The EAP should be available to consult with management regarding the development of EAP policy statements, coordination with related policies and services, coordination with risk management activities, need for onsite training programs and other support activities.

Management Communication and Consultation

Employers who get the most out of their EAP understand that it is both a benefit for employees, and a strategic tool to help supervisors and managers better manage employees. Employees coping with personal problems can experience performance problems and disrupt other employees. Ask whether the EAP trains supervisors and managers to recognize and assist troubled employees. 

Program Utilization Reports

Regular reporting and feedback is essential to allow employers to assess whether the program is being utilized sufficiently and effectively.
Quarterly, semi-annual or annual utilization reports are provided and include information on use of EAP services such as number of clients, gender, type of benefit used, number of clients, and cause of seeking counseling. This information is valuable so the organization can see trends and address those trends if needed.
Reports should not identify individual employees or their treatment. Anonymity is guaranteed so that employees feel comfortable accessing counseling services without fear of any repercussions. 

EA Program Evaluation

Comprehensive, customized EAP service outcome reports should be provided which track key success indicators, including return on investment.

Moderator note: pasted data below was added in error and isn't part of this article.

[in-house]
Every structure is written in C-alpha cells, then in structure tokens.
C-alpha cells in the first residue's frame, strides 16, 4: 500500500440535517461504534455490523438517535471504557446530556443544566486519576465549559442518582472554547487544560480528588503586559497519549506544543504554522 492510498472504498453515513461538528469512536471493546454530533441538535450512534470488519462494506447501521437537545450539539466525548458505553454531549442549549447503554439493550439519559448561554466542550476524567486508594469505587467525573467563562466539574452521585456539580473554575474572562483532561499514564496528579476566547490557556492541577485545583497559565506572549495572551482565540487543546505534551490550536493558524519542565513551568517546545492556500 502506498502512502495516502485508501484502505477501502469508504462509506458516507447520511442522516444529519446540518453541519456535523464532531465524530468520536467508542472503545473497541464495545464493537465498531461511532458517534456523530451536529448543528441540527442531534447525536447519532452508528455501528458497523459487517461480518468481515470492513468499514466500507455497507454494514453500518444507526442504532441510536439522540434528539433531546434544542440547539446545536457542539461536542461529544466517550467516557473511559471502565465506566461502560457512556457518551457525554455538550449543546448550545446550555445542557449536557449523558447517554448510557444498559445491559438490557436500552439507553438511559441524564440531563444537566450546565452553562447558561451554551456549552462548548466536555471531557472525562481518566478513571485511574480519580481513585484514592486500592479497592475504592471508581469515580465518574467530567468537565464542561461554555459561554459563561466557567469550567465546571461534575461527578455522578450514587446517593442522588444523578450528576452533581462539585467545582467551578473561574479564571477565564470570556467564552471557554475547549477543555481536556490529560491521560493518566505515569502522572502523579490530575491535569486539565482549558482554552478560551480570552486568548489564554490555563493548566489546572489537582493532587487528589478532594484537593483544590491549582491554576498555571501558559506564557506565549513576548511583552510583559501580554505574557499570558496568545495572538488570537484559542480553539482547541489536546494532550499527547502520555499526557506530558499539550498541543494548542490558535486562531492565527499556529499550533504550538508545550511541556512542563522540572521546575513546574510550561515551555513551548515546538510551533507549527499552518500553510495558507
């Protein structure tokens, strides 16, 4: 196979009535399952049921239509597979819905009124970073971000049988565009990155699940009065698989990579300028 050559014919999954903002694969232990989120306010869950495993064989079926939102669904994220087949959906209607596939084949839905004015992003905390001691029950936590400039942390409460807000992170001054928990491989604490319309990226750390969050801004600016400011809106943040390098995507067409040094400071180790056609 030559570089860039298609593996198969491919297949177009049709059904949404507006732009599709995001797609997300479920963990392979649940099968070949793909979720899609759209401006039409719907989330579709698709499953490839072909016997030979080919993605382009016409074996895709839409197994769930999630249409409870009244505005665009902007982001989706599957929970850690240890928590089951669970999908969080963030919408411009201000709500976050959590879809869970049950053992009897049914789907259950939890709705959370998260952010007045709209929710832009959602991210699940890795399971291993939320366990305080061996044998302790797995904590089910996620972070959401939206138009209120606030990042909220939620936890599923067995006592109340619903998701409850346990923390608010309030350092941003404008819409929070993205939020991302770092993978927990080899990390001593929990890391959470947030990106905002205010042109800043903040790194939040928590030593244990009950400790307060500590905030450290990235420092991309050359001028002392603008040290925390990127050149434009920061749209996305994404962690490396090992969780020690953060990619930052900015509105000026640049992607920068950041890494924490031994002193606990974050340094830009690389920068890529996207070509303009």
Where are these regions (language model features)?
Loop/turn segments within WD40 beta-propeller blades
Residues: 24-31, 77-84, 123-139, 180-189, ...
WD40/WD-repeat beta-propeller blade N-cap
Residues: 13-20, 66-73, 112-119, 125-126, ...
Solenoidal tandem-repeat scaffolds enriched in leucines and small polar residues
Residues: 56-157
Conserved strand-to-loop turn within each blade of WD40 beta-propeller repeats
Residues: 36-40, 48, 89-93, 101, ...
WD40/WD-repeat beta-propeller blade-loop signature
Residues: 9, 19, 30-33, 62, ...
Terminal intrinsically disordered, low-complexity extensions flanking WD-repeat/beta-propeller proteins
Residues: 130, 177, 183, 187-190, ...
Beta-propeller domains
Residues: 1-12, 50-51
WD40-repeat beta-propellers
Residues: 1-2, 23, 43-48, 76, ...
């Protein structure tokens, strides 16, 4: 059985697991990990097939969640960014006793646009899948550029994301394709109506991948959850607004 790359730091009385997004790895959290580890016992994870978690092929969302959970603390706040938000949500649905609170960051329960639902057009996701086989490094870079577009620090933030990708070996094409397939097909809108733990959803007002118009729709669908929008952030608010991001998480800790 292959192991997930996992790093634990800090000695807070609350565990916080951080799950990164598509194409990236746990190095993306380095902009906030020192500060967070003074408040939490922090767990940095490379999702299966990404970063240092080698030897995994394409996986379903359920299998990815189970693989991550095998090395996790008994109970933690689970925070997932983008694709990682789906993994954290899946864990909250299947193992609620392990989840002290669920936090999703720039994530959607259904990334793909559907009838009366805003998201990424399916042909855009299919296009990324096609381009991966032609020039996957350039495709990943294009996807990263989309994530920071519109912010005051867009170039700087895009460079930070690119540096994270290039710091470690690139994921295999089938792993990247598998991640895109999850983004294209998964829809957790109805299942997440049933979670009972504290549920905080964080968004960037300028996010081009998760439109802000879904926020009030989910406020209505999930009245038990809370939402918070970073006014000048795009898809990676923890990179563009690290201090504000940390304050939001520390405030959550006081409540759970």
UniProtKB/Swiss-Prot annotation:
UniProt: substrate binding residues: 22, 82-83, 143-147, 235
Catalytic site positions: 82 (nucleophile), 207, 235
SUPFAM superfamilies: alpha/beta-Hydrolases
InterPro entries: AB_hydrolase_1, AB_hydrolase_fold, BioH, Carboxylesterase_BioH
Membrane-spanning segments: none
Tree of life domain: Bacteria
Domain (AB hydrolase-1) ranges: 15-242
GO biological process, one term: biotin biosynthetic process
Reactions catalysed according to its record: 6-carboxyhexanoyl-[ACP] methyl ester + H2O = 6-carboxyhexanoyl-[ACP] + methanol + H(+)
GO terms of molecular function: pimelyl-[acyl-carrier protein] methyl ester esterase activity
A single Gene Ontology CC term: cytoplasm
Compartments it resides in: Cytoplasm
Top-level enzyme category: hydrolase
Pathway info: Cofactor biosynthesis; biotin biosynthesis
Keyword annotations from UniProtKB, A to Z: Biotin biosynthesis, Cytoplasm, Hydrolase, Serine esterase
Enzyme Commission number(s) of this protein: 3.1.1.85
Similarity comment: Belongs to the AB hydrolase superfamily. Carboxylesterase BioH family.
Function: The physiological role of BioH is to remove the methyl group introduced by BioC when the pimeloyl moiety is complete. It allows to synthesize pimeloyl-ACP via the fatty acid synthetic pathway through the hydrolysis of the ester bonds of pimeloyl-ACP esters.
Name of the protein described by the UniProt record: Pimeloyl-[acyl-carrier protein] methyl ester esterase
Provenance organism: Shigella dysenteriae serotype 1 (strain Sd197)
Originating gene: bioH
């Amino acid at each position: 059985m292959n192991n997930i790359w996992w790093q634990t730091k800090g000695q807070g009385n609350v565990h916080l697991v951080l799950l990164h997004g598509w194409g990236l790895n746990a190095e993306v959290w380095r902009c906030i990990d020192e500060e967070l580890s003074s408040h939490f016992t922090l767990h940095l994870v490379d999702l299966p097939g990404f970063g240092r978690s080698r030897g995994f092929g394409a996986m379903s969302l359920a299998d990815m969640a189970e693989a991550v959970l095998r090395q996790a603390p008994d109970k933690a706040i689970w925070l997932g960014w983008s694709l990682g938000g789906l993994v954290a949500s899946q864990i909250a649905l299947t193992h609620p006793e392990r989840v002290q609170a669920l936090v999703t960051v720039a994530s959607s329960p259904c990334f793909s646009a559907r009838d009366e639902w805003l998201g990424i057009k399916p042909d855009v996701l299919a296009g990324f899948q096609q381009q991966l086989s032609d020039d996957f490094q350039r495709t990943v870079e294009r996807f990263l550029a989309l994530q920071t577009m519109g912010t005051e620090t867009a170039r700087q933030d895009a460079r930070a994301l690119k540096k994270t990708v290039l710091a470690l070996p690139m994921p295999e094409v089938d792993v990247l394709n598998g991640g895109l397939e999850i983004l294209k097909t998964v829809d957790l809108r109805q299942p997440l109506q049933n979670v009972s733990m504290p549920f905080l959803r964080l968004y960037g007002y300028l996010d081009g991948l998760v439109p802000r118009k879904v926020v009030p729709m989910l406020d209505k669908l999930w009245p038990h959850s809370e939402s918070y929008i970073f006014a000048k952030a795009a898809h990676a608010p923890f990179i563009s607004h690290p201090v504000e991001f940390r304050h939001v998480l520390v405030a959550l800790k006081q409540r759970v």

Client/Company Satisfaction Evaluation

Customized client and organization satisfaction reports should be provided.

Supplemental EAP Service Components

EAP providers may add value by delivering additional services that are separate from – but often linked with – EAP services. These are considered supplemental services, not replacements for critical EAP components.

A comprehensive array of employee and family support services, education programs and referrals for a wide range of personal and family needs can be offered by EAPs as add-on services in conjunction with the EAP service package. Adding other supplemental components may provide additional value for your organization, but don’t allow such services to be substituted for – or conflict with - your core EAP service package.

Some EAPs offer legal consultation or financial counseling such as credit counseling, budgeting, debt management, and bankruptcy counseling with financial experts. Often, emotional issues can accompany debt, such as depression, relationship strife, stress, anxiety, and substance abuse. If financial counseling is offered, check to make sure counselors within the network only provide impartial advice and aren’t offering products to sell.  

EAP for small businesses

Small businesses that have difficulty finding coverage may want to contact the Employee Assistance Professionals Association (EAPA) to find small business EAP providers in their area . As an alternative, small businesses can join an association or consortium that offers group EAP services for their members.
For more information on how to select an EAP that’s right for you, check out these two guides:

Selecting and Strengthening Employee Assistance Programs: A Purchasers Guide

EAP Buyer’s Guide from the Employee Assistance Professionals Association